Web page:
3rd Cir. Affirms Judgment For Usher In "Bad Girl" Copyright Dispute

Marino v. Usher, No. 15-2270 (3rd Cir. Dec. 8, 2016).

Songwriter-plaintiff appealed the lower court's grant of summary judgment to Usher (and the other defendants) in a copyright action involving the song "Bad Girl."  The 3rd Circuit affirmed the finding that the claim must fail because the song was jointly written by plaintiff and certain of the defendants (Guice and Barton).  "The district court correctly held that co-authors of a joint work are each entitled to undivided ownership and that the joint owner of a copyright cannot sue his co-owner for infringement.  The court reasoned that, without direct infringement, there can be no vicarious infringement, hence the derivative song, Bad Girl, did not infringe on Marino’s
rights. The district court also concluded that Guice and Barton conveyed a valid nonexclusive
license for the song to the other defendants."

Additionally, the Court held that the state-law claims were pre-empted, that the plaintiff had granted an implied license, that his sound recording claims failed because there was no copyright registration for the sound recording, and that defendant's were properly granted costs/fees (in a 90% reduced amount based upon plaintiff's financial circumstances).  Lastly, the Court affirmed the financial sanction entered against Plaintiff's lawyer for improperly communicating with an unrepresented defendant in violation of the Pennsylvania rules of professional conduct.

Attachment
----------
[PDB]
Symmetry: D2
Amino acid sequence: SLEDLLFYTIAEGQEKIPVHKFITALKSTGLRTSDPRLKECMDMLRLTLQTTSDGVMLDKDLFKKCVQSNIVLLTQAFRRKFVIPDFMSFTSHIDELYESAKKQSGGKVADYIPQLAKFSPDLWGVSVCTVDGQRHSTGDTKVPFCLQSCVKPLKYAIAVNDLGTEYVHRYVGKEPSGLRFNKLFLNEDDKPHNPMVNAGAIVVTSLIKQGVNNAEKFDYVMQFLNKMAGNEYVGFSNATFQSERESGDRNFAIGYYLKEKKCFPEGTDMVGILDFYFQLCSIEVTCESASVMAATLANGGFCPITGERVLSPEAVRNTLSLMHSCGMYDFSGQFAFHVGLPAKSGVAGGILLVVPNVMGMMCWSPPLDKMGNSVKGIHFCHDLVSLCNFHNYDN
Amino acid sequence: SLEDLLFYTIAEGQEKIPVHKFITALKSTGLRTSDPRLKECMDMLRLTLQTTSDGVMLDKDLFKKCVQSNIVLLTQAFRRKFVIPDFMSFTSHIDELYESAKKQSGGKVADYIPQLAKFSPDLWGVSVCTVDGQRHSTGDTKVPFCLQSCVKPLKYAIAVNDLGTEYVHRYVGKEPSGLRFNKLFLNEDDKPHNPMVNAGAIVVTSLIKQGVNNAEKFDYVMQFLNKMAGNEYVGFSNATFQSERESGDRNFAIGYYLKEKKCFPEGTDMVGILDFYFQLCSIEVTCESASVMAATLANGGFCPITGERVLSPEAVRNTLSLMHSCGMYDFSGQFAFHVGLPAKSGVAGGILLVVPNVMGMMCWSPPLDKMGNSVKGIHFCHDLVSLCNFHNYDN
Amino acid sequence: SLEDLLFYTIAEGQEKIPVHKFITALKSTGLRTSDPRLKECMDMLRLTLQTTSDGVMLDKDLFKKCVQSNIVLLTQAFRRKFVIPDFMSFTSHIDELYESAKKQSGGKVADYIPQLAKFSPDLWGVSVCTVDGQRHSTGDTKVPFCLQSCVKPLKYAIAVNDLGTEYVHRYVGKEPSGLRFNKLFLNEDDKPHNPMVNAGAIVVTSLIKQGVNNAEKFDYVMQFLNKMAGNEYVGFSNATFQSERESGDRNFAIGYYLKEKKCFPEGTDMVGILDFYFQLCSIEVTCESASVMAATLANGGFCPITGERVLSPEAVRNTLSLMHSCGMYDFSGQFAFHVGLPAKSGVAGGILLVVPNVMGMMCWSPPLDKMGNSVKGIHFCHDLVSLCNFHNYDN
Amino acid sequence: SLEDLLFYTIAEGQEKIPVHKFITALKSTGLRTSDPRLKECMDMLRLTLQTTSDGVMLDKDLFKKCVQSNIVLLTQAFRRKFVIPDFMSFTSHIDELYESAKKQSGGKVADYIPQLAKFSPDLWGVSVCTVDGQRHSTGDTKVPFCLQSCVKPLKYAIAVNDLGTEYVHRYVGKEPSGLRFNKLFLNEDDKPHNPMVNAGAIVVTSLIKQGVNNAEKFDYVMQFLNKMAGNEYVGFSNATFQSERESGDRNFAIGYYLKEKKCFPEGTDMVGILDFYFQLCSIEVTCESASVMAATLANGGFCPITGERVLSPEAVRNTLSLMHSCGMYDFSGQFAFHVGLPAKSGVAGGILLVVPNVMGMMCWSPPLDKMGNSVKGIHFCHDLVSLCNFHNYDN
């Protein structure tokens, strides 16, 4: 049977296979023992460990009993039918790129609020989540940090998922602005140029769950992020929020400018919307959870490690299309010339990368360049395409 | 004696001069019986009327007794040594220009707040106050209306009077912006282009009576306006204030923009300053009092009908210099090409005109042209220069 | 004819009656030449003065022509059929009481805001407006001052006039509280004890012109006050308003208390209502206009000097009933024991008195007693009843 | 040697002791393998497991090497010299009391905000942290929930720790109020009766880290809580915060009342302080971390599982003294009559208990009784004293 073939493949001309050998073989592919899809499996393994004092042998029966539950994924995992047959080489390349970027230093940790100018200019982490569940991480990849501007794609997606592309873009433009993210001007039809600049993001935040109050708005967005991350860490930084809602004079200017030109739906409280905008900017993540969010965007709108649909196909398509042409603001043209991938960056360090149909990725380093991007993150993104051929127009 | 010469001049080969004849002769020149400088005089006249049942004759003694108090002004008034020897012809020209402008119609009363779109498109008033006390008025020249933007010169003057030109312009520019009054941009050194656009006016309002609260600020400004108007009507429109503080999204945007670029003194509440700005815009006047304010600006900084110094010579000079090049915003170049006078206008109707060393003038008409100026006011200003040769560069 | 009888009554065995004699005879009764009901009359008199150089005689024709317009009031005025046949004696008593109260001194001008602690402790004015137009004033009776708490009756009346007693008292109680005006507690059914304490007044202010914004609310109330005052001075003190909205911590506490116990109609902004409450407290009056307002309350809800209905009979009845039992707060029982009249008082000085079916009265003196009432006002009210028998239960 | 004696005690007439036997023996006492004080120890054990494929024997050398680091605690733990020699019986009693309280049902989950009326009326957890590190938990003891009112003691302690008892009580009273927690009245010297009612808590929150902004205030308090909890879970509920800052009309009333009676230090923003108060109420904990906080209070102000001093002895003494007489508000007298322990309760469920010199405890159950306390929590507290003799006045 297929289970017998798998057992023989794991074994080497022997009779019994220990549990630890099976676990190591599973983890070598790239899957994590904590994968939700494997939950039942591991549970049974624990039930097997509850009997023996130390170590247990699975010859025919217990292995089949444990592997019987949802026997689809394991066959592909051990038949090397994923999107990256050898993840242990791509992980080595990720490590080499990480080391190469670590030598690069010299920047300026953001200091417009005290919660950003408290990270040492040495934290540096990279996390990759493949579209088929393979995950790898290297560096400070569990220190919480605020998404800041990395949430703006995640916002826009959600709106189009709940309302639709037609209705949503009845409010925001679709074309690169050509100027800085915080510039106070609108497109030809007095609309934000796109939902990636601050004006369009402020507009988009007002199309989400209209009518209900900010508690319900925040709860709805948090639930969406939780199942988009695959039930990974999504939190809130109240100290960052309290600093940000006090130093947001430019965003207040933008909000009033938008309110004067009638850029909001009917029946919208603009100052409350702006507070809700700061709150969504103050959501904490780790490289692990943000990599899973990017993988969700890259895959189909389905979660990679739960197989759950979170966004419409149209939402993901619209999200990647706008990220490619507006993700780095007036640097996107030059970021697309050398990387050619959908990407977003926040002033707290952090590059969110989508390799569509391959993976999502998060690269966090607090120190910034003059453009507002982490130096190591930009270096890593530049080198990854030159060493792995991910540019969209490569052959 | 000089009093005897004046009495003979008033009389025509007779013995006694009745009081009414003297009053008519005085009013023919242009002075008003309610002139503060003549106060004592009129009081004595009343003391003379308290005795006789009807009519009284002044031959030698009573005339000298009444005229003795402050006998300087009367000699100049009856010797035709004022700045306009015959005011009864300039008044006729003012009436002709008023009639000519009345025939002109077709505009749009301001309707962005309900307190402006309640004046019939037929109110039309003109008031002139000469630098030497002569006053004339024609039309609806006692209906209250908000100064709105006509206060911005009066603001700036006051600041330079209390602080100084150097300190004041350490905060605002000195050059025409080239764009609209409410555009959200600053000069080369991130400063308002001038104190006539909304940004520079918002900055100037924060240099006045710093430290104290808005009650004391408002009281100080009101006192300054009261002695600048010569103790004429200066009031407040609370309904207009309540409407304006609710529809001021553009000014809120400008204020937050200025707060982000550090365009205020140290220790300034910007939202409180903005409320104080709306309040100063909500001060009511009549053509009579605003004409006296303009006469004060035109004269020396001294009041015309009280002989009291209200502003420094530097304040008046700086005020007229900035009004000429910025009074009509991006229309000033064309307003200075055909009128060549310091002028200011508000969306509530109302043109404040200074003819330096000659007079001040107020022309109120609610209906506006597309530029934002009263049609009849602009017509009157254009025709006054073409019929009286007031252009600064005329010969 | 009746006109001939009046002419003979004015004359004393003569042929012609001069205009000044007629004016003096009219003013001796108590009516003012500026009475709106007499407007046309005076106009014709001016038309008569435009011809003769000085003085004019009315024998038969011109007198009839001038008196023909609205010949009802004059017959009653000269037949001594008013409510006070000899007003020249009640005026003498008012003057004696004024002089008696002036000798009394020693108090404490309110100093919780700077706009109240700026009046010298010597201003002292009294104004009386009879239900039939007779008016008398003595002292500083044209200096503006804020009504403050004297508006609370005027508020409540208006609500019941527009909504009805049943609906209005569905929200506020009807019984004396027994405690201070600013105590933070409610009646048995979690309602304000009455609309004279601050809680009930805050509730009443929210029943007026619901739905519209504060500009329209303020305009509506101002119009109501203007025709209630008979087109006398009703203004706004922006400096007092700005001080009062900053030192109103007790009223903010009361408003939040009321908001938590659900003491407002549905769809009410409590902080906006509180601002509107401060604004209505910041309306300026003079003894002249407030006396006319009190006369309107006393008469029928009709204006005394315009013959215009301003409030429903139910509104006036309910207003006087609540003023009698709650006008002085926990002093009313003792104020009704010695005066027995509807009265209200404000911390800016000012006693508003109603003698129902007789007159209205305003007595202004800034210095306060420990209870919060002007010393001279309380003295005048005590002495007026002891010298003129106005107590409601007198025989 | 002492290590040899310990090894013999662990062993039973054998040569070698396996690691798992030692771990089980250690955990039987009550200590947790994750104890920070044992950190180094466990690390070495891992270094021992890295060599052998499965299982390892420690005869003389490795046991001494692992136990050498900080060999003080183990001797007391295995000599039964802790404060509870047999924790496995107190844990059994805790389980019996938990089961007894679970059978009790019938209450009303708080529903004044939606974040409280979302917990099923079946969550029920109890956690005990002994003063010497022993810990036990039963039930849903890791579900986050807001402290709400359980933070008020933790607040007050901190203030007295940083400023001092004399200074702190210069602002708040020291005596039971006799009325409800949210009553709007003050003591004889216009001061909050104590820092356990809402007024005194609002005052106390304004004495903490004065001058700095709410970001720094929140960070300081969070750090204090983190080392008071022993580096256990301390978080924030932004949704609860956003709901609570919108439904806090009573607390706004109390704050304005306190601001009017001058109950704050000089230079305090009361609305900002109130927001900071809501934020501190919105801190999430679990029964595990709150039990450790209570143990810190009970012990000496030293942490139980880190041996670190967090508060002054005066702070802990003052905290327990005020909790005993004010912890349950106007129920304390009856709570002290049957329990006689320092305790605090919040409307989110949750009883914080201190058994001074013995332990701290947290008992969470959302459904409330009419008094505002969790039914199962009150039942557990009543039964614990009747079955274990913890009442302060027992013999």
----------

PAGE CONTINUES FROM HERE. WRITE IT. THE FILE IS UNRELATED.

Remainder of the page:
Co-Ownership Claims In Jay-Z Songs Time Barred; 2nd Cir.

Mahan v. Roc Nation, No. 15-1238cv (2d Cir. Feb. 24, 2016).

A former Roc-a-fella Records sound engineer's copyright co-ownership claims in certain Jay-Z recordings, brought 14 years after the recordings were made and released, are time-barred, holds the Second Circuit Court of Appeals in affirming the lower court's dismissal of the claim.  The Court found that defendants had expressly repudiated the plaintiff's ownership claim years prior, when the multi-million copy selling albums were released without attribution to him or the payment of any royalties.  Accordingly, the clock started ticking then.  The Court further found that the defendants were properly awarded their attorney's fees under the Copyright Act, and remanded solely for a determination of the amount of fees available on the appeal.